50 Years Ago in The Journal of Pediatrics


Sadan M, Soroker B. Observations on the effects of the bite of a venomous snake on children and adults. J Pediatr 1970;76:711-5.

In the early 1970s, it was believed that the effects of snakebite from a venomous species were more severe in children than in adults. This was due to the assumption that children would receive a proportionately larger amount of venom when bitten than the adult. During the past decades, several countries have reported their statistics over the severity and mortality from snakebites. During multiple retrospective studies, the medical community began to notice that the severity of illness and the mortality induced from venomous snakebite were greater in the adult population, noticing that both populations had minimal venenation, with severe reactions and deaths involving mostly adults.

The classification for the grade of venenation may vary, but it differentiates the bites from mild, moderate, and severe cases. The early classification and identification of symptoms has remained until this day the most important outpatient and inpatient basis to determine the morbidity and mortality of the patients. Sadan and Soroker show that most patients receive medical attention during the first stage of the snakebite, granting discharge of the patient at early stages, and avoiding complications or progression of the venenation. It is also evident that most patients who have fatal outcomes presented a delay in medical attention (delayed arrival at hospital, attention in an under qualified unit, etc).1x1Martín-Sierra, C., Nogué-Xarau, S., Pinilos Echeverría, M.A., and Rey Pecharromán, J.M. Envenenamiento por mordedura de serpiente en España. Emergencias. 2018;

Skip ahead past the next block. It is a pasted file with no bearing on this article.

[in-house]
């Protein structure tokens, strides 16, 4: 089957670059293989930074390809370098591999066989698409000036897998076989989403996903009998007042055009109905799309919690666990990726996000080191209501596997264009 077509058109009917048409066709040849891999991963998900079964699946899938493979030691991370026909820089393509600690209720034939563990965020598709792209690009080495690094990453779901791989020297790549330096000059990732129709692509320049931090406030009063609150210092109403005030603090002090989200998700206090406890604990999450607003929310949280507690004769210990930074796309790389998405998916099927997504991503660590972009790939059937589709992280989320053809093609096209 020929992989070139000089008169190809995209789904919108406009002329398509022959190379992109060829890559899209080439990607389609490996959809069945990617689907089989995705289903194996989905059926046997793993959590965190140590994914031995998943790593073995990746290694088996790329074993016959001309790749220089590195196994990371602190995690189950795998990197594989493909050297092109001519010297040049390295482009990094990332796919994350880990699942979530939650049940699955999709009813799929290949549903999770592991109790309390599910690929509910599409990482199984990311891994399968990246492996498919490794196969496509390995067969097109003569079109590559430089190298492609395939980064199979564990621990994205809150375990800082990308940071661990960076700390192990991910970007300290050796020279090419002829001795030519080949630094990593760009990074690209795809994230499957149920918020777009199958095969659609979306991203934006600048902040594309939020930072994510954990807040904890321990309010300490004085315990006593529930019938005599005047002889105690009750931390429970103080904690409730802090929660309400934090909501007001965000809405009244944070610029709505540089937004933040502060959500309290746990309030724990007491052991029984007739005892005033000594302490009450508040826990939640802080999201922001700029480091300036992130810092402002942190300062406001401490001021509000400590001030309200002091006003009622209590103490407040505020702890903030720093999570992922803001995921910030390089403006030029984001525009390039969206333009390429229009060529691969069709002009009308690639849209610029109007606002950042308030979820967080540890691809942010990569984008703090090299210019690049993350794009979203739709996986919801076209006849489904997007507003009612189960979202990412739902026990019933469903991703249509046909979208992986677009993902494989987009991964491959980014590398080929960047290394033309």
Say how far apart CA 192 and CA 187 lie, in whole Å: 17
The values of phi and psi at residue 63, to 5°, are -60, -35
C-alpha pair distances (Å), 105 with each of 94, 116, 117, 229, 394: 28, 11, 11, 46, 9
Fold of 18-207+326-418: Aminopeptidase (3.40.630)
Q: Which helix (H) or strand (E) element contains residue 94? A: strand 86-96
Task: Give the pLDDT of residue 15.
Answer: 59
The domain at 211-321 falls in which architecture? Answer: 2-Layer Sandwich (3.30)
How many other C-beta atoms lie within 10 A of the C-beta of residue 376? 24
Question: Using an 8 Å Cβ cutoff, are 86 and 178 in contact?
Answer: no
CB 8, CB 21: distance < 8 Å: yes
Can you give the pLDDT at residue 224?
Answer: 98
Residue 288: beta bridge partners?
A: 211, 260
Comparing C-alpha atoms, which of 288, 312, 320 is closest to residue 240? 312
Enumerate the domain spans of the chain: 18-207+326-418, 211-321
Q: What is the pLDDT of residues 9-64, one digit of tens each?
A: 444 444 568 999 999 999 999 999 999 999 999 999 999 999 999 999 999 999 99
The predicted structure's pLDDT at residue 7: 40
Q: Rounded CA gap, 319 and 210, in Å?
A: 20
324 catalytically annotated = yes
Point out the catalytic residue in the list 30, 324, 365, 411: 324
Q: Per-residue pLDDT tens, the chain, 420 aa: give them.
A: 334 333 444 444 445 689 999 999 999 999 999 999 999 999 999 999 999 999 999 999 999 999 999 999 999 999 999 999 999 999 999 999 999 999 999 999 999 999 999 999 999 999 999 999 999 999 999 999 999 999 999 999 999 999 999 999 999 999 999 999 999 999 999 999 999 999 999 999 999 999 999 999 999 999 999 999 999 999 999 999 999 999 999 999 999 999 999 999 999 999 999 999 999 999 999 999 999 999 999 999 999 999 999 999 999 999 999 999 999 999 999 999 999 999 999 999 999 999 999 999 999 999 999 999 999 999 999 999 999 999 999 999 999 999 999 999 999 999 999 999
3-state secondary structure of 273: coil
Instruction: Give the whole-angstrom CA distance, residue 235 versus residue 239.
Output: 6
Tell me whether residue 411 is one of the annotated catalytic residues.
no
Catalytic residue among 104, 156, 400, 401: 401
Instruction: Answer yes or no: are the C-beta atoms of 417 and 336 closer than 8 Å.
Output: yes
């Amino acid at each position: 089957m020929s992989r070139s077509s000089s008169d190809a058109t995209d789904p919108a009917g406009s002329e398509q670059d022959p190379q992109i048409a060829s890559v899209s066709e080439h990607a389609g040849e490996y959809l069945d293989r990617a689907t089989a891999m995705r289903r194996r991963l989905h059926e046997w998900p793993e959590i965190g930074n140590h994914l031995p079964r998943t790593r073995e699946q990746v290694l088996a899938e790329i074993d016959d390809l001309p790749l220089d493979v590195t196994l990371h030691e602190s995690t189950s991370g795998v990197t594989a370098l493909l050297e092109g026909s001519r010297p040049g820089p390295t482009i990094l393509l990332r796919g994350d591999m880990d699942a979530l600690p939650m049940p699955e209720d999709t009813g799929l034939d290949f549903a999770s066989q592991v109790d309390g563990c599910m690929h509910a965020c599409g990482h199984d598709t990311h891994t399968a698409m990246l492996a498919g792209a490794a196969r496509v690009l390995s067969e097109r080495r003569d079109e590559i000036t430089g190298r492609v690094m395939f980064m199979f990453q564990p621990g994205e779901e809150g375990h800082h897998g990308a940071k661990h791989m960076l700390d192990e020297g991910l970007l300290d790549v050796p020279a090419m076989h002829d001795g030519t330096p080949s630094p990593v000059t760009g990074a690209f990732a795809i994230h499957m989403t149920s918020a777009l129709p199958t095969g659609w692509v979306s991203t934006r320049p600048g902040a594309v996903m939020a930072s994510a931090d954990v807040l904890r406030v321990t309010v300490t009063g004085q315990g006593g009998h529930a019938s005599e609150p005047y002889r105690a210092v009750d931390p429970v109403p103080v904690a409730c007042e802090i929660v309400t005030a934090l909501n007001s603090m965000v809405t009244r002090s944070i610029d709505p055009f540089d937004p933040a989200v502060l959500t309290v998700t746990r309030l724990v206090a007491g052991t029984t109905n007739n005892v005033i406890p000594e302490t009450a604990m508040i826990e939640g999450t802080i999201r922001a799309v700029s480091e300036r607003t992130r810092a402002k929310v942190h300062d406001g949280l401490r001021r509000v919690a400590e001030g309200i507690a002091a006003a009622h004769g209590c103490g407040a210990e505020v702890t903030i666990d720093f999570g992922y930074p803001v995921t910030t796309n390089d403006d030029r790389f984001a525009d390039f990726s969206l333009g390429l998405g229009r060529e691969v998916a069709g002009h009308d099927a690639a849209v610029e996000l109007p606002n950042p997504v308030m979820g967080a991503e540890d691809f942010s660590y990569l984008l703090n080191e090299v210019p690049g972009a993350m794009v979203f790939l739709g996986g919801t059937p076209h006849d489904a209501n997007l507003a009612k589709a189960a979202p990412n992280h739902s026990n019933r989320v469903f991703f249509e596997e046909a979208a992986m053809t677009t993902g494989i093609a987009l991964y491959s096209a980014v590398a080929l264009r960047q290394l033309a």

30: 126–132
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It has been established that the species of venomous snakes vary from region and climate. Most venomous species are identified and most common bites have specific antidotes. This is extremely important because most mortal victims had a delay in medical attention. Most fatal victims presented with coagulopathies such as bleeding from bite site, hematuria, and melena during the first 24 hours, eventually progressing to shock and or acute renal failure.2x2Harmon, K.J., Haskell, M.G., Mann, C.H., and Waller, A.E. Snakebites treated in North Carolina Emergency Departments, October 2013–September 2015. Wilderness Environ Med. 2018;
29: 176–184
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The understanding of the effects of snakebites have evolved during this past 50 years, allowing the medical community to develop, improve, and offer adequate medical attention. It must remain a priority in endemic regions, and we have to avoid serious complications.

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